While a home equity loan does offer a fixed rate, it is typically much higher than first mortgage rates. A HELOC is a variable rate mortgage that adjusts with the market. So you have to be prepared for rate and payment increases if you take out a HELOC.
In general, rates on home equity loans and lines of credit are higher than those tied to a cash-out refinance in first lien position. Home equity products can be great for lower-budget projects or investments, or when you don’t need the money right away. The pay-as-you-go feature tied to the HELOC is handy for people who want a funding vehicle for the future.
To learn more about the home equity products offered by APM and how they work, click here.
Other Considerations with a Cash-Out Refinance
One thing to consider when deciding if a cash-out refinance is right for you is what you plan to do with the cash. Though it’s yours to use for whatever you like, it does have to be paid back, and with interest. You should weigh the pros and cons of tapping your home equity for the purpose you have in mind.
Many people use cash-out refinances to fund home renovations, upgrades, or repairs. Others want to pay down high-interest debts or have cash on hand in case of an emergency. A cash-out refinance is a popular solution because the interest rate is typically better than the rate you can obtain with most other loans or credit cards.
Debt consolidation benefits
Here’s another benefit to using the cash from a refinance to pay off other loans or credit card debts: It can have a big impact on your credit score! Less outstanding debt, with a lower overall monthly payment, means you have a better opportunity to make your payments on time.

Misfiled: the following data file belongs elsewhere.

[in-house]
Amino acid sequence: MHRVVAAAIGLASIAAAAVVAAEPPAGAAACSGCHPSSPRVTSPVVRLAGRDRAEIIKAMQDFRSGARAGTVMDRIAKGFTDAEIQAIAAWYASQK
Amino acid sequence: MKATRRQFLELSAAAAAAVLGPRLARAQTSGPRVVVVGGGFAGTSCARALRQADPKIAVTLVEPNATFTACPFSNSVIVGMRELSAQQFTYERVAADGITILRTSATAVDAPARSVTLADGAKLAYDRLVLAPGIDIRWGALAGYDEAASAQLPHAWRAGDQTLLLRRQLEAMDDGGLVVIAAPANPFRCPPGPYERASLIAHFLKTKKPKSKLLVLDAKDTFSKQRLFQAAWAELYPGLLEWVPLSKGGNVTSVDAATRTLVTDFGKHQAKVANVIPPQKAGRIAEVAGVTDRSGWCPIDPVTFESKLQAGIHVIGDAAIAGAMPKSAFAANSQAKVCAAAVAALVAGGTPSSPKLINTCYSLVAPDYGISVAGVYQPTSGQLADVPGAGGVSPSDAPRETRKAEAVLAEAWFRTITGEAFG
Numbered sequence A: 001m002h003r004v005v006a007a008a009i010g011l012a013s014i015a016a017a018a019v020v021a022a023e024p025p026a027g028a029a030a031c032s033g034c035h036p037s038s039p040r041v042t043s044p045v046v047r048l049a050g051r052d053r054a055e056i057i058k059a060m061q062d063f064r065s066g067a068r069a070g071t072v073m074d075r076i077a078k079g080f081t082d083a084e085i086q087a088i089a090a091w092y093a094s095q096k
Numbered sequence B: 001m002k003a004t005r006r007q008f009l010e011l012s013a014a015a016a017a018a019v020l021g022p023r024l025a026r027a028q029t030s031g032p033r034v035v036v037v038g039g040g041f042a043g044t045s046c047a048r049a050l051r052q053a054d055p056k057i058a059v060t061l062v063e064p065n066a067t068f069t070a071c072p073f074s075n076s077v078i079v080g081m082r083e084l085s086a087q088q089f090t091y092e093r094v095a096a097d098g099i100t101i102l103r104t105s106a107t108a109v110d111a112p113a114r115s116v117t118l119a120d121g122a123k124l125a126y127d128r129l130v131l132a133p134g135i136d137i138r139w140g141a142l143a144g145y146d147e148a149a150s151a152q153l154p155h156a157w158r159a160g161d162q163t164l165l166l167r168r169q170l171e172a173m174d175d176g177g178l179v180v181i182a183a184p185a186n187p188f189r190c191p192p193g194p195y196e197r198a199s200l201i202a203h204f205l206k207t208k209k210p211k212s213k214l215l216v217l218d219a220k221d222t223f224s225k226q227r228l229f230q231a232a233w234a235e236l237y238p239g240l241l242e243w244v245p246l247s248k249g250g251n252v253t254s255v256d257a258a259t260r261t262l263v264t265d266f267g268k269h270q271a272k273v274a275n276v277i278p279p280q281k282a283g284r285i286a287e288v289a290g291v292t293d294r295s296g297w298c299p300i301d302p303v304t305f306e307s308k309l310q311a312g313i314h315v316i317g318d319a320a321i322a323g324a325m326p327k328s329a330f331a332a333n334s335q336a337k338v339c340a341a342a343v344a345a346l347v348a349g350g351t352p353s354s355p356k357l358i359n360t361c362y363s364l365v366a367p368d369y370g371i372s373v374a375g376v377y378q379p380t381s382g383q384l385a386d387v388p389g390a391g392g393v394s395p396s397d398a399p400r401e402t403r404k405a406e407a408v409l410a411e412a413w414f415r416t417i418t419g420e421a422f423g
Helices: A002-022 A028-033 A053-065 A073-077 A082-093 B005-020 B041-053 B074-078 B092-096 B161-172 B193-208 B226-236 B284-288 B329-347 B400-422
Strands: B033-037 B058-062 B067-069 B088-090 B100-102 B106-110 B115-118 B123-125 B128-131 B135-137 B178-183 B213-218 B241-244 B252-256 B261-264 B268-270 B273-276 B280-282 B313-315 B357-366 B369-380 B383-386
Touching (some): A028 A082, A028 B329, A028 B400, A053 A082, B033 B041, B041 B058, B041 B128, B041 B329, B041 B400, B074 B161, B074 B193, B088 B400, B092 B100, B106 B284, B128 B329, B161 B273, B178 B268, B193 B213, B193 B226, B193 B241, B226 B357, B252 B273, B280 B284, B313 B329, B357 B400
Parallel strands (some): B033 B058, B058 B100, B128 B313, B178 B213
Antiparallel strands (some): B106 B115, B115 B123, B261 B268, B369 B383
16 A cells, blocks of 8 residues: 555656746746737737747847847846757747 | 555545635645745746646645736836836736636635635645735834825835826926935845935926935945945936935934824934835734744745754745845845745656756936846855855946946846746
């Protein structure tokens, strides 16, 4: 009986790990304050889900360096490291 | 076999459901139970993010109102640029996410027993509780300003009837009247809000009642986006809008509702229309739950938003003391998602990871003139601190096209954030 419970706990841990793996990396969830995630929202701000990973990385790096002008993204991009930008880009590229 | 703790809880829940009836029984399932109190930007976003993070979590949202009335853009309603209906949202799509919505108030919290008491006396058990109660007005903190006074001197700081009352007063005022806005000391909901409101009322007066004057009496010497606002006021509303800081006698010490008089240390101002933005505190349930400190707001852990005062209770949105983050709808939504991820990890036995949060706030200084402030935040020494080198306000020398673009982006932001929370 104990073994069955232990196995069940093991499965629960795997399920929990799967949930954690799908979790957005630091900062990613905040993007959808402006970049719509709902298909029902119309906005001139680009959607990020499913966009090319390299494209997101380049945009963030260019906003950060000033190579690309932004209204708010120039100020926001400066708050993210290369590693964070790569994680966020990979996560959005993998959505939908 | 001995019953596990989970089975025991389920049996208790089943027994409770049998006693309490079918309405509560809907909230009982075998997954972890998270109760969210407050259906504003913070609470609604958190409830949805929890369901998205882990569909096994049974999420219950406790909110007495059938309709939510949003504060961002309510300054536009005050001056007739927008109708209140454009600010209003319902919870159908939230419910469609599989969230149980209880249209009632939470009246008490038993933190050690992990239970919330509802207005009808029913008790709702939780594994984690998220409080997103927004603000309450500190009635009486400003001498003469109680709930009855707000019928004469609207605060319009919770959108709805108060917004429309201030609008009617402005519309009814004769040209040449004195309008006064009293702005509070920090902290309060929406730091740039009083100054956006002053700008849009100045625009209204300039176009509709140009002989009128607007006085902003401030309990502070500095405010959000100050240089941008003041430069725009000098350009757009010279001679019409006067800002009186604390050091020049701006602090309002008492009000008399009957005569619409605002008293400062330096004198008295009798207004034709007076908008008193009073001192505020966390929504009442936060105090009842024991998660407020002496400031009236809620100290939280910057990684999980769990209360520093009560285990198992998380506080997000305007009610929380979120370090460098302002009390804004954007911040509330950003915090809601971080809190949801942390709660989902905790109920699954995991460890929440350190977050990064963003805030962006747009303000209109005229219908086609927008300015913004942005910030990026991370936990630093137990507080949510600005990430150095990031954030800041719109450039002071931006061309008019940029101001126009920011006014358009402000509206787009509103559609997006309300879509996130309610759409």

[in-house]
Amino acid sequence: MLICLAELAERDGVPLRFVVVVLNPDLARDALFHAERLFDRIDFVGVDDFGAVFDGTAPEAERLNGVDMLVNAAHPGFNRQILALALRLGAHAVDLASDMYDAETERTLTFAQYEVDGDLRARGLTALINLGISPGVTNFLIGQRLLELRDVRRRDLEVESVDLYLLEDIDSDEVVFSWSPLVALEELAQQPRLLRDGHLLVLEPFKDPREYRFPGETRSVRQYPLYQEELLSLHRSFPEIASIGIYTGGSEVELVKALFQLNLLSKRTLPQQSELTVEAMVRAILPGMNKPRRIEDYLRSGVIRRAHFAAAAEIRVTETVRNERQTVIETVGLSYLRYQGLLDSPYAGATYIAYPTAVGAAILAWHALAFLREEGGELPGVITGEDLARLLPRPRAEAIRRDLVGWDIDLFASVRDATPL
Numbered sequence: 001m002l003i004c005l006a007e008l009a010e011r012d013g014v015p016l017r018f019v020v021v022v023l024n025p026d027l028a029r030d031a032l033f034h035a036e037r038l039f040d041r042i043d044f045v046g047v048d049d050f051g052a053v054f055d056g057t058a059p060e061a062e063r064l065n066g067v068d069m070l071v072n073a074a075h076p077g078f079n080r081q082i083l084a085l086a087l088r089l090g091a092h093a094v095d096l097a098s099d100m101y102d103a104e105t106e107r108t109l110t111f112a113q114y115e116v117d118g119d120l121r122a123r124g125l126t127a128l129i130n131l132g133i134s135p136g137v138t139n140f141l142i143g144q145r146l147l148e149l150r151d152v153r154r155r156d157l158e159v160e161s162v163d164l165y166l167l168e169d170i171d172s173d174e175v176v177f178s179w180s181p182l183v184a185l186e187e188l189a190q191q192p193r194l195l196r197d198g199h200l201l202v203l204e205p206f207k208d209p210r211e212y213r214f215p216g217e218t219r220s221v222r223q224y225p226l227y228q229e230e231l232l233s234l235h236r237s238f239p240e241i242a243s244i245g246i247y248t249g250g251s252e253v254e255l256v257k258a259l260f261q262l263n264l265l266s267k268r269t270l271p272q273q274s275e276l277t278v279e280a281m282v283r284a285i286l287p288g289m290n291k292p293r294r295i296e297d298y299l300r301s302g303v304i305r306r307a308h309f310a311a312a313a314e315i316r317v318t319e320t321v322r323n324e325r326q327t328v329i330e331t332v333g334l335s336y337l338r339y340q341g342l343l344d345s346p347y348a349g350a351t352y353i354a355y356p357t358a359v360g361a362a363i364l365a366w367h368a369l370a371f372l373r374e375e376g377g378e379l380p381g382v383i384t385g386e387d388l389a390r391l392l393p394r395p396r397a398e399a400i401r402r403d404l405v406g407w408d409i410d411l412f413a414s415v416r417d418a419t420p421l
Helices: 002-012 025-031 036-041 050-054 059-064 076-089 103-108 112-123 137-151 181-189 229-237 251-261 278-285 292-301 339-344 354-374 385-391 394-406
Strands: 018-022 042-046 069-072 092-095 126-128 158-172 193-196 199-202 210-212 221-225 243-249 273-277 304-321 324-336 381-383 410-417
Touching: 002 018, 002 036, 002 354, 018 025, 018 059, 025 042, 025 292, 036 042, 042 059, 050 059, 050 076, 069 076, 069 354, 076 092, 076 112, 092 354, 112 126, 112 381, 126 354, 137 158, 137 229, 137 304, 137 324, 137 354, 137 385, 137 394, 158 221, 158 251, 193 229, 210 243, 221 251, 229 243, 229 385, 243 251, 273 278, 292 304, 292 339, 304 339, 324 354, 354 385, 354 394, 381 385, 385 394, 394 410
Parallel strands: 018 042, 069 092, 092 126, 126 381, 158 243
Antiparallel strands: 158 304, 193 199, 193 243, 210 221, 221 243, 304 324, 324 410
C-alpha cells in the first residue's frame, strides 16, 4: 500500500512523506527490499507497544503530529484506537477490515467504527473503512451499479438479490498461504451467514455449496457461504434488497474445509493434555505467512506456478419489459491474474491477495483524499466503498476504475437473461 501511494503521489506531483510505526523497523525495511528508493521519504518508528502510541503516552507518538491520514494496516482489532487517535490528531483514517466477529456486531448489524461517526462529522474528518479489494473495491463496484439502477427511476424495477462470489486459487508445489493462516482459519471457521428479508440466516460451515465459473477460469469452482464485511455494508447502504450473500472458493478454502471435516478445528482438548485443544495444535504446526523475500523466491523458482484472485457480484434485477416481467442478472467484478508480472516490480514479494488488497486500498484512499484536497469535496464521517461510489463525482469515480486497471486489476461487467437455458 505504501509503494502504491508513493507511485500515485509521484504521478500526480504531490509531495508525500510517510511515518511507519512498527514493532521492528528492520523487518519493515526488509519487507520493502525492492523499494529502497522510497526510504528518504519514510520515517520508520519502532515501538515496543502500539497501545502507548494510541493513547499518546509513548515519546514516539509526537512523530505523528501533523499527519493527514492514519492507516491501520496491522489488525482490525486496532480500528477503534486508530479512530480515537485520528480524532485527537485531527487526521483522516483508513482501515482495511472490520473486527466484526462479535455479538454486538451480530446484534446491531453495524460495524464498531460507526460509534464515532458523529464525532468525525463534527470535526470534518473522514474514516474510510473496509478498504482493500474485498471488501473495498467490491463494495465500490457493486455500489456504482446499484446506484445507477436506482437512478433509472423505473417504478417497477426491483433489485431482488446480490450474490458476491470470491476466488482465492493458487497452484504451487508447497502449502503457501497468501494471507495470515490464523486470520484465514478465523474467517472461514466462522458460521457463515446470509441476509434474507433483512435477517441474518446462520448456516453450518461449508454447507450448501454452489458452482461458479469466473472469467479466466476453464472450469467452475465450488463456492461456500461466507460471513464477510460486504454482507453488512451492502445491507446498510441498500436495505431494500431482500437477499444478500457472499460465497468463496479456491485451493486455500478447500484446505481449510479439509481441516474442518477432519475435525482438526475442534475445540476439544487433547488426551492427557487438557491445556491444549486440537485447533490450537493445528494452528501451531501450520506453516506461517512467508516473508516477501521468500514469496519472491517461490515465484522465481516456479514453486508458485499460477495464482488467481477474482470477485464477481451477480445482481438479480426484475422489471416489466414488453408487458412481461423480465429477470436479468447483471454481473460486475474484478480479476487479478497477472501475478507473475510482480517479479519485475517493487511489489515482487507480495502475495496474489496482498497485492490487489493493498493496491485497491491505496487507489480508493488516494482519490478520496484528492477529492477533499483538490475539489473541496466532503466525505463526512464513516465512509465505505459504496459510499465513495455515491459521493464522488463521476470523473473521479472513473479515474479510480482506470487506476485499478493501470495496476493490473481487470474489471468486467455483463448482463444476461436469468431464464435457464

It can also save you money over the long term. As credit card rates climb over 22%, consolidating your debt into one loan at a lower interest rate can put extra money back into your pocket each month.
To learn more about the pros and cons associated with a debt consolidation mortgage refinance (also considered a cash-out refinance), click here.
Making home improvements
If you’re considering making improvements to your home, the interest paid on the funds you spend may be tax-deductible. Double-check with your tax professional to learn more about the tax benefits associated with your mortgage.
Since your new mortgage is larger than the old one, your monthly mortgage payment will also increase. You want to make sure you feel confident in your ability to handle this new payment. Run your numbers with your own budget and see what the new payment will look like in your overall financial picture.
Depending on the rate you secured when you purchased your home, your new rate could be lower or higher. Either way, it’s important to weigh your options and make sure a cash-out refinance is the right fit for you. Don’t forget to factor in the closing costs, however, in addition to the higher monthly payment and longer repayment schedule.
Making the Decision
One last thing to keep in mind with a cash-out refinance: You want to make sure the benefit to you is there. A once-in-a-lifetime trip with your aging parents to visit their homeland may absolutely be worth it. A spontaneous desire to hang out in Fiji for a month, maybe not so much.
This cash will always be yours to deploy however you see fit, but remember that a home is a long-term asset. If you find yourself considering a cash-out refinance to pay down credit card bills or large purchases that keep accumulating, financial counseling and a budget may be a better solution for you. You don’t want to leverage a long-term asset for a short-term gain if you don’t have a solid plan in place.
That said, your home is one of your biggest assets. With the right plan, it can help you stay financially sound and create long-term wealth.
Our local APM Loan Advisors are here and ready to help. We can review your unique financial situation, share cost analysis and payment breakdowns, and help you understand the total savings tied to a cash-out refinance or home equity product. Then you can weigh the benefits of all your options together.